Re: Early, or Late Event?

From: Chris Lemens <chrislemens_at_EH-6QiZv4El55HdR3q9q_73AVbxH6C1-JPLTGUJ63z-YA1KmYkr2QBWLTJnNCcZ4>
Date: Mon, 27 Oct 2008 07:24:39 -0700 (PDT)

Greg sez:

>Animist: trauma = spawning of/collision with other worlds; bad = local
> disaster; rescue = shamanic resurrection.

Hmm. I get the other worlds problem and the local disaster problem, but I'm struggling with the shamanic resurrection part. So, some questions, to help reveal the depth of my ignorance:

1.    Is this universal (meaning that you could make that observation with at least some small degree of truth for 85% of cultures, a la Capmbell)?

2.    I thought the animist story was more about putting things in their proper places again. The dead go over here, the living go over here, the animals do this, the people do that, the plants do something else, here's how you talk to the dead, here's how you talk to the animals, here's how you talk to the mountain, etc. Isn't this the case? If so, does shamanic resurrection mean the placement of things in their proper places, thuis allowing the living to continue living?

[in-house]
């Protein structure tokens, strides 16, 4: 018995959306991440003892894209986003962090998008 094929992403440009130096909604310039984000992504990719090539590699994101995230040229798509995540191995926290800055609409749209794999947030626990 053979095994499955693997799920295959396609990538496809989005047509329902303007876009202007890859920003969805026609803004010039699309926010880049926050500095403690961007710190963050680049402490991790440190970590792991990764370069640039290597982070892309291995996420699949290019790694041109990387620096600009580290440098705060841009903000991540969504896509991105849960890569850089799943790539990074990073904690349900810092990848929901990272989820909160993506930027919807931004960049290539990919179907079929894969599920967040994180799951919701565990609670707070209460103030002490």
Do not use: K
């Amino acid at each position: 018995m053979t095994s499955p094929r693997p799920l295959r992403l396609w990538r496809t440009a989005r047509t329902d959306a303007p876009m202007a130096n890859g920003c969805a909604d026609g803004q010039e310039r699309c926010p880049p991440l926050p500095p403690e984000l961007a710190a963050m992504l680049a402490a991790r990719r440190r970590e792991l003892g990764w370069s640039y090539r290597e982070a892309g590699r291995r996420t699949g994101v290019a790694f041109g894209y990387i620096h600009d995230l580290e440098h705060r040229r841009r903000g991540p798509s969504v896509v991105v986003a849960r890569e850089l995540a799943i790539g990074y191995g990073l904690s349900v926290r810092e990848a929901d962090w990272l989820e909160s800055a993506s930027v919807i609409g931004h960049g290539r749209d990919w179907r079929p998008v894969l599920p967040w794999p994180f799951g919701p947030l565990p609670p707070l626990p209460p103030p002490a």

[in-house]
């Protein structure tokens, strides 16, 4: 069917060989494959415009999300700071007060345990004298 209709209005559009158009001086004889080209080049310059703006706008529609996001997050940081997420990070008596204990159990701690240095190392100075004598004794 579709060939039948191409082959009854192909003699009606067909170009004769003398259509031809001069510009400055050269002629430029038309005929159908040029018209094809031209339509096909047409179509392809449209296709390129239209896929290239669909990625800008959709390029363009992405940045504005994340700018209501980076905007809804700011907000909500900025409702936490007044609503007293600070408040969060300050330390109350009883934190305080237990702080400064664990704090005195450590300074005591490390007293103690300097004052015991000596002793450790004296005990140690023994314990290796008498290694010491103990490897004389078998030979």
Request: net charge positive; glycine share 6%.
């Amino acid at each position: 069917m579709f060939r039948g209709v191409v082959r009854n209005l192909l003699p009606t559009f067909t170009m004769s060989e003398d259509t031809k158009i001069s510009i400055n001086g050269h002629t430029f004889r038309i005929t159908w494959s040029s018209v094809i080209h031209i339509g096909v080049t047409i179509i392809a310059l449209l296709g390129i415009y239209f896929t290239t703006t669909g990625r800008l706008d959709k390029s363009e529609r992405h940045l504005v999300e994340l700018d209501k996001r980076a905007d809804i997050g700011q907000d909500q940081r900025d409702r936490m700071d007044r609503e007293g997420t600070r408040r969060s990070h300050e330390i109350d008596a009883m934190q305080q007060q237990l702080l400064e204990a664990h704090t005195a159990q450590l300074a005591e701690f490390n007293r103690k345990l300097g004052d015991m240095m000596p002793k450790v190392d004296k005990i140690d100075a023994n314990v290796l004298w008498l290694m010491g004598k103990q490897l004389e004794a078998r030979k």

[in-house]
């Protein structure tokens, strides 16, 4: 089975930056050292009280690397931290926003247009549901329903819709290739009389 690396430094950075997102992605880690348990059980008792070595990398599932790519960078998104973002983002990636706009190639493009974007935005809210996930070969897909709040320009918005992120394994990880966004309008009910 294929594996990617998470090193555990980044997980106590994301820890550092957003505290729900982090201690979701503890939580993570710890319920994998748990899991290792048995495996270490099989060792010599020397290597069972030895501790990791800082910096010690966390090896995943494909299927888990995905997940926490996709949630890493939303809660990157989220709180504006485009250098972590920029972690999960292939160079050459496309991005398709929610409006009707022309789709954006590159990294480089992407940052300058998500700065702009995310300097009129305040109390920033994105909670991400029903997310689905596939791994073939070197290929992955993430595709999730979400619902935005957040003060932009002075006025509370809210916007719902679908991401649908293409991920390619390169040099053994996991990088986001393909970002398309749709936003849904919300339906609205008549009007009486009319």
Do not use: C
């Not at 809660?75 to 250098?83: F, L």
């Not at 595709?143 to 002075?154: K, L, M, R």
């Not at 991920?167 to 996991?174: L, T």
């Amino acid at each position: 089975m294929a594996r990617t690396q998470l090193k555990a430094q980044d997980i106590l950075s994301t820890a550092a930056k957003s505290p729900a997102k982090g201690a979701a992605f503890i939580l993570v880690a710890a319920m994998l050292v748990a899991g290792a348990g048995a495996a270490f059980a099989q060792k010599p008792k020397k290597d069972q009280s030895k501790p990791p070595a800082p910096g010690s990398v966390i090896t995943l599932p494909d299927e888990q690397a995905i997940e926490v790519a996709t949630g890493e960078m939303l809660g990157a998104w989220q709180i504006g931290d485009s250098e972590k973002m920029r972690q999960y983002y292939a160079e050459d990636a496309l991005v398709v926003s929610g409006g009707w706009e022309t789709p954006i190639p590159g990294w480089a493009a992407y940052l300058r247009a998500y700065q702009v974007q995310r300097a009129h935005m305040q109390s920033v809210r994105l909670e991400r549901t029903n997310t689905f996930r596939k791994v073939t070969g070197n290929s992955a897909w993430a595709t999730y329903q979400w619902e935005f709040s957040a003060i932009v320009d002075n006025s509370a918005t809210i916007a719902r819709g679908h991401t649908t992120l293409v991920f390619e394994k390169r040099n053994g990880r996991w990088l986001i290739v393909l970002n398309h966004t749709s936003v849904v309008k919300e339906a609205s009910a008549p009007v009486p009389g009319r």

3.    The restoration of the spirits to their proper places can be seen as consistent with the theist version of the god being reborn from hell. That was not the proper place for them. In that respect, the animists, whose way of dealing with the otherworld is through negotiation, are even more likely than the theists to think of the events preceding the Dawn as a Great Compromise. Orlanthi might think of the Lightbringer's Quest as Orlanth and his buddies bringing back the sun. And the Dara Happans might be more likely to think of it as Yelm deciding to return after his indignities had been burnt away through the proper obeisance of the rebels. But I think an animist would say that each of them had something they needed to return to their proper places and gave what they did not need so that they could go back there. Is this not the case?

Chris Lemens            

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